Along with the lever and pin trigger, the thumb lever and string-catch crossbow lock is probably the simplest lock one can make for a crossbow. The basic principle is very simple: When a small lever, attached by a simple axle located immediately behind the string-catch area is pressed down at one end, the other end resize, pushing up the bowstring from its catch, releasing it. Due to the nature of the design, it is somewhat less demanding to construct than even the lever and pin trigger lock.
Historical examples of crossbows with such locks include the archaeological find of an 11th century hunting crossbow at Colletière à Charavines in France, or traditional forms of Inuit hunting crossbows that some Inuit used (possibly as the only Native American cultures to adopt simple crossbows).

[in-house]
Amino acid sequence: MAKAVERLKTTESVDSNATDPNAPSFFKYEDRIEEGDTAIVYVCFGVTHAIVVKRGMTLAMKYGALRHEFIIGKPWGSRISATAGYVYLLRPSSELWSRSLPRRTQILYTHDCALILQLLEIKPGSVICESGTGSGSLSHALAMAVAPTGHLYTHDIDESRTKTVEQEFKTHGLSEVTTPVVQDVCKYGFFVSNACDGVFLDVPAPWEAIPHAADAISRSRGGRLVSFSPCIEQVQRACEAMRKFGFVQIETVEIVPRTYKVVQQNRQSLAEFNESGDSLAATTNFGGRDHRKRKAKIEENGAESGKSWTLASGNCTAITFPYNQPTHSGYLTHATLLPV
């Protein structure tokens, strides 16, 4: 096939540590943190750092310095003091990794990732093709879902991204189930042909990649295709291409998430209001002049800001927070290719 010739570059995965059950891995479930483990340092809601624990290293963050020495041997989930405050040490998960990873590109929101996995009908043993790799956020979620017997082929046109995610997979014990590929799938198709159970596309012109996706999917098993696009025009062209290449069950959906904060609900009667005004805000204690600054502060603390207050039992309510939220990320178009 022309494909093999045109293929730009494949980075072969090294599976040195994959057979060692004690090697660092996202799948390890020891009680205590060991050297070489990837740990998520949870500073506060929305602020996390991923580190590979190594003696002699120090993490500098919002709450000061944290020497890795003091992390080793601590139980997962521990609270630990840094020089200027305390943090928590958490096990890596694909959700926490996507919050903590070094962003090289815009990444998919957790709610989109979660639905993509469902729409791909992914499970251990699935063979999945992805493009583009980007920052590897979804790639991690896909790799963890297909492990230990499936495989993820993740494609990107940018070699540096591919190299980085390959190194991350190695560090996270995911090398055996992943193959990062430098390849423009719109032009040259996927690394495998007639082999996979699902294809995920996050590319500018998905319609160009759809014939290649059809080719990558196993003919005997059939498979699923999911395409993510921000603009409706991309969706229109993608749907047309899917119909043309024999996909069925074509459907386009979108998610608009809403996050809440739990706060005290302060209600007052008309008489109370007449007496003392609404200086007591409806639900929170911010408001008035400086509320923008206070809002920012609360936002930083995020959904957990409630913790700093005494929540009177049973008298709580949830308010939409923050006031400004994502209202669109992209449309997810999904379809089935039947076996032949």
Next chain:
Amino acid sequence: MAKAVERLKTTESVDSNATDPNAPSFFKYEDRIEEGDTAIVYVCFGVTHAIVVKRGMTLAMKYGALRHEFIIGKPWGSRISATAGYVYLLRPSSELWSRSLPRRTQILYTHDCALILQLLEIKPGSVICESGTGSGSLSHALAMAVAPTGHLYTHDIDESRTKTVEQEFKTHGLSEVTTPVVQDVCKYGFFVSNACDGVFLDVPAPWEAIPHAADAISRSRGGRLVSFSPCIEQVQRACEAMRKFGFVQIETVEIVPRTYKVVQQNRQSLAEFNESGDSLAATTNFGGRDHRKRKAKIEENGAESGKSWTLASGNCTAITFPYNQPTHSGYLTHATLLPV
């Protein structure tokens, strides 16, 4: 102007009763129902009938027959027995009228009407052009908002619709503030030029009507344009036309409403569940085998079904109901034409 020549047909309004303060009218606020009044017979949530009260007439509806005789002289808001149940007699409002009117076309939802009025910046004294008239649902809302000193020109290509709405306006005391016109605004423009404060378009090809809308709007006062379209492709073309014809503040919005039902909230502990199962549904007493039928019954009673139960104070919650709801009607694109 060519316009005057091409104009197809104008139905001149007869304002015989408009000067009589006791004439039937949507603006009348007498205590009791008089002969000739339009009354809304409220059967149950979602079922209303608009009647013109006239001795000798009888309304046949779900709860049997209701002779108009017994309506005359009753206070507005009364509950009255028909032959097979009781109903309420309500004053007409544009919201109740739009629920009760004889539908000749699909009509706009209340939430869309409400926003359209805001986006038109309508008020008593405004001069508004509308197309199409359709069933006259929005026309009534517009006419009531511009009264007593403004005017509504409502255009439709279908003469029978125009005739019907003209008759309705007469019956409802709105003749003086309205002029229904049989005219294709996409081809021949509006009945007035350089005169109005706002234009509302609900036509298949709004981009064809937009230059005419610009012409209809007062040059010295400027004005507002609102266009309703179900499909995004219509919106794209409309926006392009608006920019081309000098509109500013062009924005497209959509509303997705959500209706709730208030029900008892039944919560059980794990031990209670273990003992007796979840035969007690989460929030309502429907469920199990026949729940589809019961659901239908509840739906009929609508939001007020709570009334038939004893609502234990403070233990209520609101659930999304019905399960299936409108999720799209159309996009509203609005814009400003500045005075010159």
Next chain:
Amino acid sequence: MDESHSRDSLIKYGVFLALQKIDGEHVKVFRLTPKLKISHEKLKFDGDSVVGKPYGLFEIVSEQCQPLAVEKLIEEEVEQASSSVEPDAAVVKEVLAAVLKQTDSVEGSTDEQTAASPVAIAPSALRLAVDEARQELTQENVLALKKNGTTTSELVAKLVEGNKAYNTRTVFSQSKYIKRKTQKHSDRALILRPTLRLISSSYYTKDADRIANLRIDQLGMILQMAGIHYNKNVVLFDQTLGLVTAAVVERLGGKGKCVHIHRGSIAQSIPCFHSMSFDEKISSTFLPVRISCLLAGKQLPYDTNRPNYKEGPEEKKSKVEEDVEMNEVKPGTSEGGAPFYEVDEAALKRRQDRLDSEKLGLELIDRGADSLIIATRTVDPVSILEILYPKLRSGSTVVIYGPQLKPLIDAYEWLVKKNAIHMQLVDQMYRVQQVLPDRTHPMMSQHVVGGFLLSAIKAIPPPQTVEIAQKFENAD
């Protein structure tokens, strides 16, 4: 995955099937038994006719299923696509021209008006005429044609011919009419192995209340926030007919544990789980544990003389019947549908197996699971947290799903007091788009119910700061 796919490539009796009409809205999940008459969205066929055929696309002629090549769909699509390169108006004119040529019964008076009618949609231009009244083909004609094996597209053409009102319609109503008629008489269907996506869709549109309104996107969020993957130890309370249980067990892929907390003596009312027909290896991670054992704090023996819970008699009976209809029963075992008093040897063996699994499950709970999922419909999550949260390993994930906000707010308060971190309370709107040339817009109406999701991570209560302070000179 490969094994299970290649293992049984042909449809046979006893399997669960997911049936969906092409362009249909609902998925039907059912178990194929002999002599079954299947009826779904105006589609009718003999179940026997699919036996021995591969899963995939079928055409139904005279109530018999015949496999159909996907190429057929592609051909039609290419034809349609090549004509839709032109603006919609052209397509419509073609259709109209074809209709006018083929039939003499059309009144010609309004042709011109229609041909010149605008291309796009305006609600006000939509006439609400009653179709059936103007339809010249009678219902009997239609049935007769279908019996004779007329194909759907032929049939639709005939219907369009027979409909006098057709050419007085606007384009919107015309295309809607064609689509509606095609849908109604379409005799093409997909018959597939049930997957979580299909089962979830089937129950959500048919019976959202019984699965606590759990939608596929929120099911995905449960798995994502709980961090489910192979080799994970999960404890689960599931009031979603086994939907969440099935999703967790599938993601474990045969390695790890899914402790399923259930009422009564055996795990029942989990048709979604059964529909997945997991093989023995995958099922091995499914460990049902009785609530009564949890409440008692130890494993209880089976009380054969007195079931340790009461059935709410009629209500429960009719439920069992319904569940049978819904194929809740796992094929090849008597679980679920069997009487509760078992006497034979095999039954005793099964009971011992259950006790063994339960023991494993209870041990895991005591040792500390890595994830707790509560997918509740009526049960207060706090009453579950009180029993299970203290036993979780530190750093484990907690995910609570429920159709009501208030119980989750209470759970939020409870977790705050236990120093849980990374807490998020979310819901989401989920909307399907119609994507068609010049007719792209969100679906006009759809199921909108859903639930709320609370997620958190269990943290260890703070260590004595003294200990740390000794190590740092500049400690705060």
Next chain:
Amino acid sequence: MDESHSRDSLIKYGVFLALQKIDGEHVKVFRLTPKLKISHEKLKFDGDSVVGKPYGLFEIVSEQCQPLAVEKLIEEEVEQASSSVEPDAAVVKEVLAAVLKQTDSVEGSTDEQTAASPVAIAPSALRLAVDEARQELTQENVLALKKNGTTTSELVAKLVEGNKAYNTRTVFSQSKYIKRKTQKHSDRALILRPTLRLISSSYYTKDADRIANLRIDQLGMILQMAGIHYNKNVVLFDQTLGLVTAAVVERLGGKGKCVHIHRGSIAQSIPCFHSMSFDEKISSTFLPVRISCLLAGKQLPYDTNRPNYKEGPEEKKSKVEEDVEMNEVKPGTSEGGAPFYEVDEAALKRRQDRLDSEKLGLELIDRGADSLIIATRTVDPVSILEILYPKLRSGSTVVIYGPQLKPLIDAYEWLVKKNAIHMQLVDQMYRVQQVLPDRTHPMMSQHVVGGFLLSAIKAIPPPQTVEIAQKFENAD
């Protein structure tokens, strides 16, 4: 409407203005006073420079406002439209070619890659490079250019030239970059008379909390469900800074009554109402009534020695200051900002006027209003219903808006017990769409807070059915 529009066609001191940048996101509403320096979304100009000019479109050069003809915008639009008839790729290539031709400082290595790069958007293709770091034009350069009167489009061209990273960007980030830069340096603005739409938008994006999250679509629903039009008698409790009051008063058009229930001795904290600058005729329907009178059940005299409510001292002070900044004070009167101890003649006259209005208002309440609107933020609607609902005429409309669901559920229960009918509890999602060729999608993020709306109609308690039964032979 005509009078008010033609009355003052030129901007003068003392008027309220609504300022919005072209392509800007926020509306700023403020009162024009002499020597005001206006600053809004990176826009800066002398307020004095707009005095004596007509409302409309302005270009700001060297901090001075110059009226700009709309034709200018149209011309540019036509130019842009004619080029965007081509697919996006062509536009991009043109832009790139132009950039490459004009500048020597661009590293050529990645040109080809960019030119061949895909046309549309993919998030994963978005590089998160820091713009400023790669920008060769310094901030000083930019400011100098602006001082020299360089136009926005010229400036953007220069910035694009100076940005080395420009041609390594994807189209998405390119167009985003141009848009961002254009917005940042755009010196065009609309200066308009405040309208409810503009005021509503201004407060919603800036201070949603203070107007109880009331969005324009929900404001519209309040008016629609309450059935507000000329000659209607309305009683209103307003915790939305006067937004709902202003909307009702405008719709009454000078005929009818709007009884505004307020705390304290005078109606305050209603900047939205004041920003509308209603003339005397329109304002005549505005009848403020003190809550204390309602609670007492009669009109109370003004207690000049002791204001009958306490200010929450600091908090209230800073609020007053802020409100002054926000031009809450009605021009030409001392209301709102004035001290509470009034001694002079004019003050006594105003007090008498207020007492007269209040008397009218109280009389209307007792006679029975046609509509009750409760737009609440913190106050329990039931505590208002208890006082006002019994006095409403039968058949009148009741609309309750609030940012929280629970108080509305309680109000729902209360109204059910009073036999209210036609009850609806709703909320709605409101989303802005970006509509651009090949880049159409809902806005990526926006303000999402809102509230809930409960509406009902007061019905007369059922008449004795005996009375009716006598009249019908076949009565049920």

Below is a roughly half hour long tutorial video, with the full making process of an early medieval, all-wooden crossbow, explained by experienced British replica crossbow maker Leo "Tod" Todeschini. This replica is based on the French find from Colletière à Charavines.
Designing simple lever and pin crossbow locks - Sister article, about the closely related, but mechanically somewhat different crossbow lock design. Does not require metal parts to function.